Buying and Selling a Home

What Will Drive a Real Estate Market Comeback

by Earl Lee
Earl Lee

How Did The Housing Bust Happen?
The seeds of this housing bust were sown during the preceding boom. Following the 2001 recession, a combination of tight housing markets and the lowest mortgage interest rates in nearly 40 years sparked rapid house price appreciation. Many buyers afraid of missing their chance to get in on rising prices, flocked to the market.”

“So despite rising mortgage interest rates, many buyers were able to chase home prices higher from 2004 to 2006 largely because of changes in lending practices. Lenders relaxed down payment and debt-to-income requirements, offered exotic products and, in many cases, lenders did not verify applicants’ incomes and assets.”

“Everyone was happy despite the fact that risks were mounting; loans remained solid as long as rising home prices allowed borrowers to refinance or sell their way out of a squeeze. But prices began to flatten at the end of 2006 as gravity took over and the rest is history. We all knew that home prices could not rise forever but it certainly lasted longer than we could have perceived.”

“Institutional investors quickly lost their appetite for mortgages and the securities they backed, sending the values of these investments down sharply. Amid fears about the strength of banks and severe losses of both housing and stock wealth, consumer confidence plunged 41% below its lowest previous trough. The American consumers slashed their spending and – for the first time on record – cut their net borrowing in 2008.”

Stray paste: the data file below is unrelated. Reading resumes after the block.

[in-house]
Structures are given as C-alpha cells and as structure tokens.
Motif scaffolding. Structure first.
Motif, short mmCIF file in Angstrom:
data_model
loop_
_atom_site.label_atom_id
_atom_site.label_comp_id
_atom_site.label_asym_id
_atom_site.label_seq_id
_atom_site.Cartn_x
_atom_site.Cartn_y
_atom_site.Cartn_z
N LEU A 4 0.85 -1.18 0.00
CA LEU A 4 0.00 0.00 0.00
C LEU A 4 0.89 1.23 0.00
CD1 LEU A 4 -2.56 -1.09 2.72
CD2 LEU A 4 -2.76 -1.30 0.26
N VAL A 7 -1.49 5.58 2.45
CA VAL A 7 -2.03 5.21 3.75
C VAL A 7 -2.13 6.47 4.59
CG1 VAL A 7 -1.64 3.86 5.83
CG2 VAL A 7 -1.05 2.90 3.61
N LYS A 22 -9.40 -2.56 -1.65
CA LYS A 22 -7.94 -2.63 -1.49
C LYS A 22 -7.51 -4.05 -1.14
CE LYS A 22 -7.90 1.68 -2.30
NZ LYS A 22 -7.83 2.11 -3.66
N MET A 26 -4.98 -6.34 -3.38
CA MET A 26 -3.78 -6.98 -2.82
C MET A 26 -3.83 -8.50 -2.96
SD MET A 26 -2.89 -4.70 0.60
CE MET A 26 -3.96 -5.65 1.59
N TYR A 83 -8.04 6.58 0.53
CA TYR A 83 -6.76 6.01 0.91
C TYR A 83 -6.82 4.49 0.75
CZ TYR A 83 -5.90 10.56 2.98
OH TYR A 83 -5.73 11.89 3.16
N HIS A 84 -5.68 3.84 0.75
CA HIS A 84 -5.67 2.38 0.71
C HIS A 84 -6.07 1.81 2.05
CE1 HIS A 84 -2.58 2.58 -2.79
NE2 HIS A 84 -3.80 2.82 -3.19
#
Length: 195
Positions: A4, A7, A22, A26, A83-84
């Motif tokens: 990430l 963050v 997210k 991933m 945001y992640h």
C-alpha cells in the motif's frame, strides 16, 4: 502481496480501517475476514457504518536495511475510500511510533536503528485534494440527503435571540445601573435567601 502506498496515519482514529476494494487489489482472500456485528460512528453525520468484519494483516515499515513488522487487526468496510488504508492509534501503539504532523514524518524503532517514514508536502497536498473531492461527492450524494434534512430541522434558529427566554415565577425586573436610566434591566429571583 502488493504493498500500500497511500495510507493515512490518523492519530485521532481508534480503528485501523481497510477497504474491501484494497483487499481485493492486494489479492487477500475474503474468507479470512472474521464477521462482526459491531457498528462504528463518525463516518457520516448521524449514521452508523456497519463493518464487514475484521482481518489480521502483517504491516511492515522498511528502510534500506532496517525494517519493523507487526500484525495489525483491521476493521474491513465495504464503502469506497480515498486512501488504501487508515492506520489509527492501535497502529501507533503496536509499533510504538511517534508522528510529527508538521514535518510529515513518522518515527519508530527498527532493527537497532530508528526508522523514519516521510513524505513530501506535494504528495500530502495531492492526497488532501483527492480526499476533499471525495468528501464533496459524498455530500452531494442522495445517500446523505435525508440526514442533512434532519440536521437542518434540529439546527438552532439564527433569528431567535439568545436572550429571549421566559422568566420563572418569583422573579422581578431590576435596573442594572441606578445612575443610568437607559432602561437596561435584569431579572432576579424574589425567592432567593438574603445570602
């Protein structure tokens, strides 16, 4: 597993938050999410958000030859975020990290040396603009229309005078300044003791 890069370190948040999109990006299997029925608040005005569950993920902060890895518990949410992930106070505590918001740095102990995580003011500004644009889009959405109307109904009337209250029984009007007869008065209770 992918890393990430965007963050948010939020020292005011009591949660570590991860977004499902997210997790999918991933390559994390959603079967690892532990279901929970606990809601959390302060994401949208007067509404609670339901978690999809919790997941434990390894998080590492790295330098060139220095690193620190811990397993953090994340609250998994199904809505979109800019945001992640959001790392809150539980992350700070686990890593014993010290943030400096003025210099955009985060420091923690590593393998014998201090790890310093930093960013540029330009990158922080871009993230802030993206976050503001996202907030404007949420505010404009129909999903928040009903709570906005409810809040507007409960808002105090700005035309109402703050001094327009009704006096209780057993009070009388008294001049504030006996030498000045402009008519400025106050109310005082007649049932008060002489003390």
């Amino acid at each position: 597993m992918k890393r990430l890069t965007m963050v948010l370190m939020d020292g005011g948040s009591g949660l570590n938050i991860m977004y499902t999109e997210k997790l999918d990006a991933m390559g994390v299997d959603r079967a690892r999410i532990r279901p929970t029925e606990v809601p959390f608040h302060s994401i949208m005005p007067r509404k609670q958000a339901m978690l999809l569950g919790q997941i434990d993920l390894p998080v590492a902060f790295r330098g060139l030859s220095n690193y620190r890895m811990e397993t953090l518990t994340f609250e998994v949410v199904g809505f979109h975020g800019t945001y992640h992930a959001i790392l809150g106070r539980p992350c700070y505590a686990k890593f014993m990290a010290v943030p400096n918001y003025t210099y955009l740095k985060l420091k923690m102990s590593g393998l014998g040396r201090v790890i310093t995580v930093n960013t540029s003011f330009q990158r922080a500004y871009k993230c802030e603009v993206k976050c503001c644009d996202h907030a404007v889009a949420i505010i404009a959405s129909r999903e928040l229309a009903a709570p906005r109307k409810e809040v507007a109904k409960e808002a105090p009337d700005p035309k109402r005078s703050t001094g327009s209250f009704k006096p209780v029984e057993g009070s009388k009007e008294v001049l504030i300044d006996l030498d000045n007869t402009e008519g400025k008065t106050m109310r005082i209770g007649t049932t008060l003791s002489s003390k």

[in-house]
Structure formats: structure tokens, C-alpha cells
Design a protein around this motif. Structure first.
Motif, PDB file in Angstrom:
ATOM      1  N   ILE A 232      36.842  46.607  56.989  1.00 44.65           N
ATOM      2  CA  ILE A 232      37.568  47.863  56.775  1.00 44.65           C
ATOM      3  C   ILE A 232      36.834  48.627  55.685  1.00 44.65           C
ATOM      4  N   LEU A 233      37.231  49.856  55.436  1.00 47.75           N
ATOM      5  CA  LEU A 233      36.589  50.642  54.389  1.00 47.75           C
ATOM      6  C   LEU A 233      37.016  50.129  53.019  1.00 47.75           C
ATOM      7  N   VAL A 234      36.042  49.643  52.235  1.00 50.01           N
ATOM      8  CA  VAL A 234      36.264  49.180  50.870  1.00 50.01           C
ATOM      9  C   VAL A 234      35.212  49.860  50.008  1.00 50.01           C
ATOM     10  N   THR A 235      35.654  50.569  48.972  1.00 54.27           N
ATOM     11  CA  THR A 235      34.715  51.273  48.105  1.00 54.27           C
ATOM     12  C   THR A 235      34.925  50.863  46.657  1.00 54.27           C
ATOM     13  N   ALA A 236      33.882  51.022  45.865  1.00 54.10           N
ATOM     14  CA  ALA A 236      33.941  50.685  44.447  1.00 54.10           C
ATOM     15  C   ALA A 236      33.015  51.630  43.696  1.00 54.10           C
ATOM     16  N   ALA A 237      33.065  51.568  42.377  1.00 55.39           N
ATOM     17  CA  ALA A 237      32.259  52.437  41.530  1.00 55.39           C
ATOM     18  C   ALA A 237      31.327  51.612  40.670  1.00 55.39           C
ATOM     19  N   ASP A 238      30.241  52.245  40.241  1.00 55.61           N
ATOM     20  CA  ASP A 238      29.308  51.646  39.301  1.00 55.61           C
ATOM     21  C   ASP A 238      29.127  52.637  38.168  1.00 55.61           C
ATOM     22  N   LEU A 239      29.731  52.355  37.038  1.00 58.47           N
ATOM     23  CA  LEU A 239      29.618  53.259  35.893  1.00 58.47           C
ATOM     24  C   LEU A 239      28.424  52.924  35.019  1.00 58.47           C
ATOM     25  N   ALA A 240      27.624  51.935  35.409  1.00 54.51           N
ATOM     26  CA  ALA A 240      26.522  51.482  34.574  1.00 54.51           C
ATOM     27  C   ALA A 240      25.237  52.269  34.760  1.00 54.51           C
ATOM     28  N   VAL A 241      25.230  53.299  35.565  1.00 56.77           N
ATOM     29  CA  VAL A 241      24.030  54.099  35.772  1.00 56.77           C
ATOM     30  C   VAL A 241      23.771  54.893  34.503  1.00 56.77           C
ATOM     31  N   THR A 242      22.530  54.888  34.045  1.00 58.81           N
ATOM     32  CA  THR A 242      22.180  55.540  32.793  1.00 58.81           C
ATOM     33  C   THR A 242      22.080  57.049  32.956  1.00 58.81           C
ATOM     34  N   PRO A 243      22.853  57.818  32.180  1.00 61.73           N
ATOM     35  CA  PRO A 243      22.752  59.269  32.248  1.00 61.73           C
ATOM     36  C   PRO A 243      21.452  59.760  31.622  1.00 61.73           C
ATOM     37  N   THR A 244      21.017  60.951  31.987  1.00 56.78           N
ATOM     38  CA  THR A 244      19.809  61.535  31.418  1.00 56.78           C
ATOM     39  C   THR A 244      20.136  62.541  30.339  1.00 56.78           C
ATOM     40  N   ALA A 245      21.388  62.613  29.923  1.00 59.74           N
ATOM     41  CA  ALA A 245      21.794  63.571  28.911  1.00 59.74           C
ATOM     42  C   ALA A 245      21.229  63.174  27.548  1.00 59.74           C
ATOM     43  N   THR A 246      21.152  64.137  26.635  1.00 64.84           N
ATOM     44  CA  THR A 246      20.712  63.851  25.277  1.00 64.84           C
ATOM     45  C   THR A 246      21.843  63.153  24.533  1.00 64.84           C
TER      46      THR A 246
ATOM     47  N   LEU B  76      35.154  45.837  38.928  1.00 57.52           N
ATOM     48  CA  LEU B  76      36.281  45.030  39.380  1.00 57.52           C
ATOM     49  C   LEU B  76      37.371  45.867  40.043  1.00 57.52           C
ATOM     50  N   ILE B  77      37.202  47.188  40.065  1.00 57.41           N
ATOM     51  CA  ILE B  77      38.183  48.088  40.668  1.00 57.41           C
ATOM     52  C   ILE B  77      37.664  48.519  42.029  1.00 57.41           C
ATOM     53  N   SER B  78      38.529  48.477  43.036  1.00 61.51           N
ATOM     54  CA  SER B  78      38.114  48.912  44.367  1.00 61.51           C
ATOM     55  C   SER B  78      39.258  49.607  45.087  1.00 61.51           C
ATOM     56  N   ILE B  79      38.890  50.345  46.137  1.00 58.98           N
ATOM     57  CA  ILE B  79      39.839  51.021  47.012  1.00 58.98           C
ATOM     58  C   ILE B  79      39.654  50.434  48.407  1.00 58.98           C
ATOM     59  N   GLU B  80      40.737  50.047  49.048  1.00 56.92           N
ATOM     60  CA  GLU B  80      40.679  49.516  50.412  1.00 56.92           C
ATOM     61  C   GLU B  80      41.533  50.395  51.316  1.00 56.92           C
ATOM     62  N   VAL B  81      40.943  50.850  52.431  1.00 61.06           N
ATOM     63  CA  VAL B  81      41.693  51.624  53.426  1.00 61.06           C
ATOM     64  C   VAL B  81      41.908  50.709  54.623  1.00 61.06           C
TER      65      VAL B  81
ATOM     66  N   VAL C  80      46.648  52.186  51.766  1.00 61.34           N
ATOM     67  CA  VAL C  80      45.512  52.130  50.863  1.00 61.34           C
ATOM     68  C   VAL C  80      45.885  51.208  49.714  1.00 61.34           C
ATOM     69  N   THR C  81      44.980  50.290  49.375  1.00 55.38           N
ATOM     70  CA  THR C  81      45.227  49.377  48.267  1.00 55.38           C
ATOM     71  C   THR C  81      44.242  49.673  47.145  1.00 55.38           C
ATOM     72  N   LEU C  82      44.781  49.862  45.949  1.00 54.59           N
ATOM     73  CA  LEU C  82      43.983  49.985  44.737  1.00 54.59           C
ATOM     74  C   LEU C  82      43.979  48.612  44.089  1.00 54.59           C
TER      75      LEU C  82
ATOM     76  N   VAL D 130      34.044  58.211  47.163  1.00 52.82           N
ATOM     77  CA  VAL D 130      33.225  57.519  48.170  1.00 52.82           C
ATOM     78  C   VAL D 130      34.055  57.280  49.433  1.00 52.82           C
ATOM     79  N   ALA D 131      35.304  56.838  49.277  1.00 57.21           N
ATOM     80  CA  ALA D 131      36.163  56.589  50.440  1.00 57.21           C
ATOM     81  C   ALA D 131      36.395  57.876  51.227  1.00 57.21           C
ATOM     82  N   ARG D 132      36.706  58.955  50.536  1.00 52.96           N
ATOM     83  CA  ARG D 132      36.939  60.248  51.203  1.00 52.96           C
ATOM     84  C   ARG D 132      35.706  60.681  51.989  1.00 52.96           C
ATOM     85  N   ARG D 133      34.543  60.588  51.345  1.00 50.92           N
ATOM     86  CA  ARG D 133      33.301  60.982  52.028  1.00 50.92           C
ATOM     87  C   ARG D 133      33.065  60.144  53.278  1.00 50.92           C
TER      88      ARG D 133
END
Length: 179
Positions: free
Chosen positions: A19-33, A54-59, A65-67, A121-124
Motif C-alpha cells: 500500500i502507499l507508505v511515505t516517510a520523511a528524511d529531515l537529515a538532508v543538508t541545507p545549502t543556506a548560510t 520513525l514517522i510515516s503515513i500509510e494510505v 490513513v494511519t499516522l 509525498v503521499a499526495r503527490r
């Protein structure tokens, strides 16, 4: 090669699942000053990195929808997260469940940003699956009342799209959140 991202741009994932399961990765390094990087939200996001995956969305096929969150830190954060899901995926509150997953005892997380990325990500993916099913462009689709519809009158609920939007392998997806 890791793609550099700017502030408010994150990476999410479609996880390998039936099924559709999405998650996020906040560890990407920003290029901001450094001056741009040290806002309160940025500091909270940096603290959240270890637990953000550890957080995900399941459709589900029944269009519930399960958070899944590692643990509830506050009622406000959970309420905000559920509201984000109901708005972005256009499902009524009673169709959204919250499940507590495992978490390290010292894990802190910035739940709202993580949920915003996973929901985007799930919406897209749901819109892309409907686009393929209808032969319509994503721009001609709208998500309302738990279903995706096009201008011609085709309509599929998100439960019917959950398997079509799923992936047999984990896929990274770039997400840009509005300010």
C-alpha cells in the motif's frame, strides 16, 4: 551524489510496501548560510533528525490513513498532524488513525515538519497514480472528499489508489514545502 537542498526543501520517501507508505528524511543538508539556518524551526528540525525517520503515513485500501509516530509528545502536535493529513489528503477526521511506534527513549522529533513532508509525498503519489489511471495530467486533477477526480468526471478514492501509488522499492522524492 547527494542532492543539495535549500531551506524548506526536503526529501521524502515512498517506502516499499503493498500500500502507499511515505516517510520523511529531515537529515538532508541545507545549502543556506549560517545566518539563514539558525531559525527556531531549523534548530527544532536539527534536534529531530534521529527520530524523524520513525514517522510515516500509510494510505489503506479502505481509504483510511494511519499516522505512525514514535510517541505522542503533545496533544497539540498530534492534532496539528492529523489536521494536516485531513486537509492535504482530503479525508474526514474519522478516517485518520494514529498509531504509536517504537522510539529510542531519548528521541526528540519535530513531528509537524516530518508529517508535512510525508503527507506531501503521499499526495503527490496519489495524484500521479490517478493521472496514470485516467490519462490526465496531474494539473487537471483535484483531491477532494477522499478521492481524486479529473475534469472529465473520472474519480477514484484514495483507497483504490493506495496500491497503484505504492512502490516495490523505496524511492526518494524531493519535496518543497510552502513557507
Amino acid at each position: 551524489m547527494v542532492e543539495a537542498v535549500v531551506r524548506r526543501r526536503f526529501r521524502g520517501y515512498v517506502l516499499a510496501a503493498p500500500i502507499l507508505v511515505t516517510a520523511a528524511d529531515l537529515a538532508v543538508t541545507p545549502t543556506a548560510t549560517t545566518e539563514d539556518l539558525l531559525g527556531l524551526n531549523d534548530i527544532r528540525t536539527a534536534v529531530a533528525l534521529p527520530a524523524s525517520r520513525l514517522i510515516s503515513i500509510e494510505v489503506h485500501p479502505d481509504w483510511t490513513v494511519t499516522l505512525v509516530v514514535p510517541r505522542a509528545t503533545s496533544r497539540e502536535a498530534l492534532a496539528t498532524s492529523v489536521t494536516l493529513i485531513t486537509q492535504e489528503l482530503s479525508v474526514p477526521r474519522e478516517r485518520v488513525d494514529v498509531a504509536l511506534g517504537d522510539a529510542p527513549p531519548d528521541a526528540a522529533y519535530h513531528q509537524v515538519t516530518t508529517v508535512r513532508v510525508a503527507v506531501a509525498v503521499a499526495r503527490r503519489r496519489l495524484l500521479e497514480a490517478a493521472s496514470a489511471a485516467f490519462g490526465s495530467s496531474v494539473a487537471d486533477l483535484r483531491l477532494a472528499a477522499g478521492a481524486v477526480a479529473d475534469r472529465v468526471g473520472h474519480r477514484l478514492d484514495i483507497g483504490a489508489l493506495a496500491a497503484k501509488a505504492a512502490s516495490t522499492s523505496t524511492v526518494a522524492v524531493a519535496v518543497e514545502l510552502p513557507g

“With that, the broader economy headed into a severe recession that accelerated with stunning speed. The resulting collapse of home prices placed another drag on the economy by dramatically reducing household wealth, which further discouraged consumers from spending.”

Housing Market On The Way Back
“Fast forward to today…With prices down by double digits, and interest rates moderating, there are reasons to believe that pent-up demand is building.”

“While deeply discounted prices on foreclosed properties have already helped to lift existing home sales in several states in 2009. Housing markets got an additional boost in the first quarter of 2009 when rates on 30-year fixed mortgages dipped below 5 percent and the first-time buyer tax credit kicked in.”

“So in my opinion we are at or near the bottom… generally speaking but there are still areas that will experience further declines.”

“In fact, IHS Global Insight, the research arm for PNC, says the nation’s housing market is now slightly undervalued. At the market’s peak, 137 of 330 metros were either extremely or significantly overvalued.

Buying and selling homes help turn the cogs of the American economy. The multiplier effect of the housing market has the possibility of expanding many other sagging areas of our economy.

“The NAR (National Association of Realtors) has issued this statistic: Each home sale at the median sale price adds more than $63,000 in economic impact. This includes payments for services rendered by sales professionals, home inspectors, attorneys, loan originators, movers and others, as well as remodeling, new furnishings and other multiplying factors.”

“During my years in real estate I’ve seen tough times like this before – in 70s, the 80s, and in the 1990s.”

1982 Economy Was Worse
Unemployment topped 12%. Interest rates were through the roof, but guess what? People were still buying homes.” “Perhaps the biggest difference between now and the early ‘80’s is the onslaught of negative information constantly sapping the confidence of the market. Making this as much of a ‘fear session’ as it is a recession.” “Back then, very few people had cell phones – and if they did they were the size of a small suitcase!” “We only had three TV networks and the news was only available at 6:00 and 10:00 each day. Of course, there was no cable TV or YouTube to replay things over and over…”